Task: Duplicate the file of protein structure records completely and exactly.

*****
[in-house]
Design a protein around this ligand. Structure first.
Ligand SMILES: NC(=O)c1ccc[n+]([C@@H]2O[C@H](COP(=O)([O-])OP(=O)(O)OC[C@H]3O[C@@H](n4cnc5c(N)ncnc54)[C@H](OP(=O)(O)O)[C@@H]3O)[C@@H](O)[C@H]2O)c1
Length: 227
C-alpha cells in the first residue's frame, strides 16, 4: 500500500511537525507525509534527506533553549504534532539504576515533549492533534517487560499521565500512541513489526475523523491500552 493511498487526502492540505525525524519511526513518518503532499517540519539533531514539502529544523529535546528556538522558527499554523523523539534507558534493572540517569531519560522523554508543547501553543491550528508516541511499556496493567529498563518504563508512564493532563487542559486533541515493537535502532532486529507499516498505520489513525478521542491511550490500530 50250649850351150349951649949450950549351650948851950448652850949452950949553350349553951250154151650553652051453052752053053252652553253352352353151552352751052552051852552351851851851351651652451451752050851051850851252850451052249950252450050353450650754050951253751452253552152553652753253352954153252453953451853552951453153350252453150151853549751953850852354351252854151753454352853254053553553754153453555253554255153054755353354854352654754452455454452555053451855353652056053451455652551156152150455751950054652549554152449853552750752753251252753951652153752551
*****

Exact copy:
[in-house]
Design a protein around this ligand. Structure first.
Ligand SMILES: NC(=O)c1ccc[n+]([C@@H]2O[C@H](COP(=O)([O-])OP(=O)(O)OC[C@H]3O[C@@H](n4cnc5c(N)ncnc54)[C@H](OP(=O)(O)O)[C@@H]3O)[C@@H](O)[C@H]2O)c1
Length: 227
C-alpha cells in the first residue's frame, strides 16, 4: 500500500511537525507525509534527506533553549504534532539504576515533549492533534517487560499521565500512541513489526475523523491500552 493511498487526502492540505525525524519511526513518518503532499517540519539533531514539502529544523529535546528556538522558527499554523523523539534507558534493572540517569531519560522523554508543547501553543491550528508516541511499556496493567529498563518504563508512564493532563487542559486533541515493537535502532532486529507499516498505520489513525478521542491511550490500530 50250649850351150349951649949450950549351650948851950448652850949452950949553350349553951250154151650553652051453052752053053252652553253352352353151552352751052552051852552351851851851351651652451451752050851051850851252850451052249950252450050353450650754050951253751452253552152553652753253352954153252453953451853552951453153350252453150151853549751953850852354351252854151753454352853254053553553754153453555253554255153054755353354854352654754452455454452555053451855353652056053451455652551156152150455751950054652549554152449853552750752753251252753951652153752551